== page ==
Bio II Slide Set X

Bio II Slide Set X - Monday, June 13, 2011 I. A Closer Look...

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Monday, June 13, 2011
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I. A Closer Look at Natural Selection (“NS”) Natural selection - differential survival and reproduction of heritable phenotypes (i.e., 1 allele favored over another); leads to adaptation Adaptation - a heritable phenotypic modiFcation that increases one’s ability to survive and reproduce in a aprticular environment Fitness - ability of an organism to survive and reproduce (and thus to contribute genes to the next generation) Relative ftness - “w”; an individual’s contribution of o±±spring to the next generation relative to others in the population; a way to measure adaptation. The most Ft genotype in a pop’n. is assigned a w value of 1; therefore, relative Ftness ranges from 0-1: w = 0 (totally unFt) w = 1 (most Ft) Better-adapted phenotypes increase in ±requency in a population due to natural selection because they have greater relative ftness. Monday, June 13, 2011
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QUESTION OF INTEREST HERE: How does NS bring about adaptation? (how does NS change the frequency of a particular phenotype/genotype in a population?) Monday, June 13, 2011
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There are 3 basic patterns of natural selection that describe the relationship between a trait and relative Ftness: 1. Directional selection 2. Stabilizing selection 3. Disruptive selection Monday, June 13, 2011
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1. Directional selection: when an extreme (“non-average”) phenotype has higher ftness (result: the mean phenotype shifts right or left and the variance in phenotypes may or may not change ) Fig. 23. 12 EFFects oF selection on phenotype distributions center oF curve = mean oF trait width oF curve = variance oF trait Monday, June 13, 2011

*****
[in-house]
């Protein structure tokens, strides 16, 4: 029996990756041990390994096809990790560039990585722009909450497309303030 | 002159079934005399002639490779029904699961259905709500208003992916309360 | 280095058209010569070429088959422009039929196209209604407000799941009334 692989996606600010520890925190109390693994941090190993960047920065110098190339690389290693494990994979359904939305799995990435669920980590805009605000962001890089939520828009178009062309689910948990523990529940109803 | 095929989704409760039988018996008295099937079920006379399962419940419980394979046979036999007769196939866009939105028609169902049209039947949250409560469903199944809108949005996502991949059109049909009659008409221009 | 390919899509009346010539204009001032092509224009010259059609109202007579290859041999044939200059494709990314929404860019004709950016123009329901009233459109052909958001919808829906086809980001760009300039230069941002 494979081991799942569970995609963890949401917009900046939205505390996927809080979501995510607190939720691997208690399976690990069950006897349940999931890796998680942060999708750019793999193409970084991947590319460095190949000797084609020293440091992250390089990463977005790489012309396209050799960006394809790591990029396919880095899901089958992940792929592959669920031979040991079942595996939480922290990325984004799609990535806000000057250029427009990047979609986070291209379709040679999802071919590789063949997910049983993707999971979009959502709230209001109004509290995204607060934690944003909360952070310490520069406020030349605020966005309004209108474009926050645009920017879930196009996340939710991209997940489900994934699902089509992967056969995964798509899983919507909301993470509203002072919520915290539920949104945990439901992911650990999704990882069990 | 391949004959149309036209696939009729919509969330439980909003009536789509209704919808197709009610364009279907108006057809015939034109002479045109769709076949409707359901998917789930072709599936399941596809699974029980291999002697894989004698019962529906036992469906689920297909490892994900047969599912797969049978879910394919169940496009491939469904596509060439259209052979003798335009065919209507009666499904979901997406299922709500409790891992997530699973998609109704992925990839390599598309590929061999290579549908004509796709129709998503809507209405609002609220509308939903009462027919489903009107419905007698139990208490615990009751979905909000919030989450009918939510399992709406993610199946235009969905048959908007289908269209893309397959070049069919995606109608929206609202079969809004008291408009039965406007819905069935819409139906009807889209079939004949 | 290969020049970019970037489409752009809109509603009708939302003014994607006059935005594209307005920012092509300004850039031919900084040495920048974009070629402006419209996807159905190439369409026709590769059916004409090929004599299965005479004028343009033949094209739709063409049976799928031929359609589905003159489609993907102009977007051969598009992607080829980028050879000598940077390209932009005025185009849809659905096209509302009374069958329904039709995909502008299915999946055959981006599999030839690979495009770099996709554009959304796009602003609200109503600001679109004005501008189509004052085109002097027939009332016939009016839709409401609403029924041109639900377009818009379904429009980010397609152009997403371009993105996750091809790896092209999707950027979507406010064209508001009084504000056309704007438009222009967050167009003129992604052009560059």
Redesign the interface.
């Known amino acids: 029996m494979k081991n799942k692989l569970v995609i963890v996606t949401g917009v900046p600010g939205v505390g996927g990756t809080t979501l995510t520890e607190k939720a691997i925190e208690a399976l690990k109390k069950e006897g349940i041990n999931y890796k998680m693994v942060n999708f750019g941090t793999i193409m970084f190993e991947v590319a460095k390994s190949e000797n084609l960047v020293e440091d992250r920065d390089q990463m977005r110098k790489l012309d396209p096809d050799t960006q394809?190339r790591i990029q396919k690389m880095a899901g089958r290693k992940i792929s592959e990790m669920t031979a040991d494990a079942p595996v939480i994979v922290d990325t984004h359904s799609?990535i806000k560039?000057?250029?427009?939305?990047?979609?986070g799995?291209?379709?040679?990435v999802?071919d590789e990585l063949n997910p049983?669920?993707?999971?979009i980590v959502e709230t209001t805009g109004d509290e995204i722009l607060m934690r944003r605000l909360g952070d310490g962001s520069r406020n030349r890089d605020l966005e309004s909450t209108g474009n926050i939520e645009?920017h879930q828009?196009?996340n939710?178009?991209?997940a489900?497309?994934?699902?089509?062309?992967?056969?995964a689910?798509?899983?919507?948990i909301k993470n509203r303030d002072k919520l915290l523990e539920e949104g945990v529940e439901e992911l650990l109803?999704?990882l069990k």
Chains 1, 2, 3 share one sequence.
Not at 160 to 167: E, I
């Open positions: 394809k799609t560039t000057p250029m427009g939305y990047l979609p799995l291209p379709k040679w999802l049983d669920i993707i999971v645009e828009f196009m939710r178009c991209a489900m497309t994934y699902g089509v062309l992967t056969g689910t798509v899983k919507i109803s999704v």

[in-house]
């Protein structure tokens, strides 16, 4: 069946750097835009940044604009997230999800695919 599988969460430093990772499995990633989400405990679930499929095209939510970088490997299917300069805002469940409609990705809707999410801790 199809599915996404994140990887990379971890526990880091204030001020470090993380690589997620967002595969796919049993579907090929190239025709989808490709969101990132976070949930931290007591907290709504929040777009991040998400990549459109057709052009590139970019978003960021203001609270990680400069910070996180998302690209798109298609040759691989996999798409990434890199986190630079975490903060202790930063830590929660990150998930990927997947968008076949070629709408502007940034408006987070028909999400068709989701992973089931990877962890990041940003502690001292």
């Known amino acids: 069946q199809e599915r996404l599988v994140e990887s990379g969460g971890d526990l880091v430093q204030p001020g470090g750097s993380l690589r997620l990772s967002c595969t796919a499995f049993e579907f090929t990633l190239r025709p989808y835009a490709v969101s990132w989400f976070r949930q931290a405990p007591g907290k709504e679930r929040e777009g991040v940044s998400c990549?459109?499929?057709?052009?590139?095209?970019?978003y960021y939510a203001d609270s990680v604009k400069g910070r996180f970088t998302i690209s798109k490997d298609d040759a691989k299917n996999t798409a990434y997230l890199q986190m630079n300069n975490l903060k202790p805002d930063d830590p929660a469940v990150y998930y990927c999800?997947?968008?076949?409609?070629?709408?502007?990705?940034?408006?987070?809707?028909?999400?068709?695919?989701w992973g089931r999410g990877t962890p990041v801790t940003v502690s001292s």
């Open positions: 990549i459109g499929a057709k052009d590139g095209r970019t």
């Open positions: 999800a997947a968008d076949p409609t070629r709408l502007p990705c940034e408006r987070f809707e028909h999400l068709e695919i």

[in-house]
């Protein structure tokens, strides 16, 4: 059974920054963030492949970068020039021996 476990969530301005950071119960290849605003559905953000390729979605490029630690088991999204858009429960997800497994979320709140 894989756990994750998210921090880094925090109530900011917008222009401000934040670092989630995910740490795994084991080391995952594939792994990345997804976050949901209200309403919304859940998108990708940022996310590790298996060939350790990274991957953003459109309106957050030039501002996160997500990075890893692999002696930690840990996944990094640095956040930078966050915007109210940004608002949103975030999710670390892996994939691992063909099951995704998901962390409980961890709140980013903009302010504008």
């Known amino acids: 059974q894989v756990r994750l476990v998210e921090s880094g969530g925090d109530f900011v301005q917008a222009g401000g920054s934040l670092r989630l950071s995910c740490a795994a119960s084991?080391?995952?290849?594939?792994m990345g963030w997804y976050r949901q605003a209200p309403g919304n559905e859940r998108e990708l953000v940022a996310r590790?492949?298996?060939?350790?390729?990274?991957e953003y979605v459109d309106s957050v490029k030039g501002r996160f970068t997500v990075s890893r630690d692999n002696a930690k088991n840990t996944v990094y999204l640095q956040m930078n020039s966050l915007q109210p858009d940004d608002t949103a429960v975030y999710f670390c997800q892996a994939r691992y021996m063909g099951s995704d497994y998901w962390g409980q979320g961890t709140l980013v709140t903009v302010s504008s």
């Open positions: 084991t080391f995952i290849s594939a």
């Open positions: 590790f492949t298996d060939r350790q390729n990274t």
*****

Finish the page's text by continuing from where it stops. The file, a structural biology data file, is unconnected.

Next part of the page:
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Ex: Directional (“artifcial”) selection on egg laying in domestic hens *you see an obvious steady trend in 1 direction Egg production 1933 125 eggs /yr 1968 245 eggs /yr Monday, June 13, 2011
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Ex: Directional selection on size in pink salmon *A switch to net fshing meant more large salmon caught (= removed From gene pool) and inadvertent selection ±OR small sizes (small salmon have higher Monday, June 13, 2011
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center of curve = mean width of curve = variance Fig. 23. 12 Effects of selection on phenotype distributions 2. Stabilizing selection: intermediate phenotypes have higher Ftness (result: the mean phenotype is unchanged but there is less variation among phenotypes Monday, June 13, 2011
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Ex: Stabilizing selection on human birth weight Fig. from Evolution , Monroe W. Strickberger Prior to many medical advances, too-large and too- small babies had higher mortality…. = you see stabilizing selection on an intermediate phenotype Monday, June 13, 2011
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more chicks = too difFcult to feed Ex: Stabilizing selection on a “moderate” number of eggs in starlings (4-5 eggs is optimal) fewer eggs = lower Ftness (fewer genes passed on) Monday, June 13, 2011
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Fig. 23. 12 Effects of selection on phenotype distributions Disruptive selection: when both extreme (“non-average”)
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This note was uploaded on 06/13/2011 for the course BIOLOGY bsc2011 taught by Professor Dr.spears during the Spring '10 term at FSU.

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Bio II Slide Set X - Monday, June 13, 2011 I. A Closer Look...

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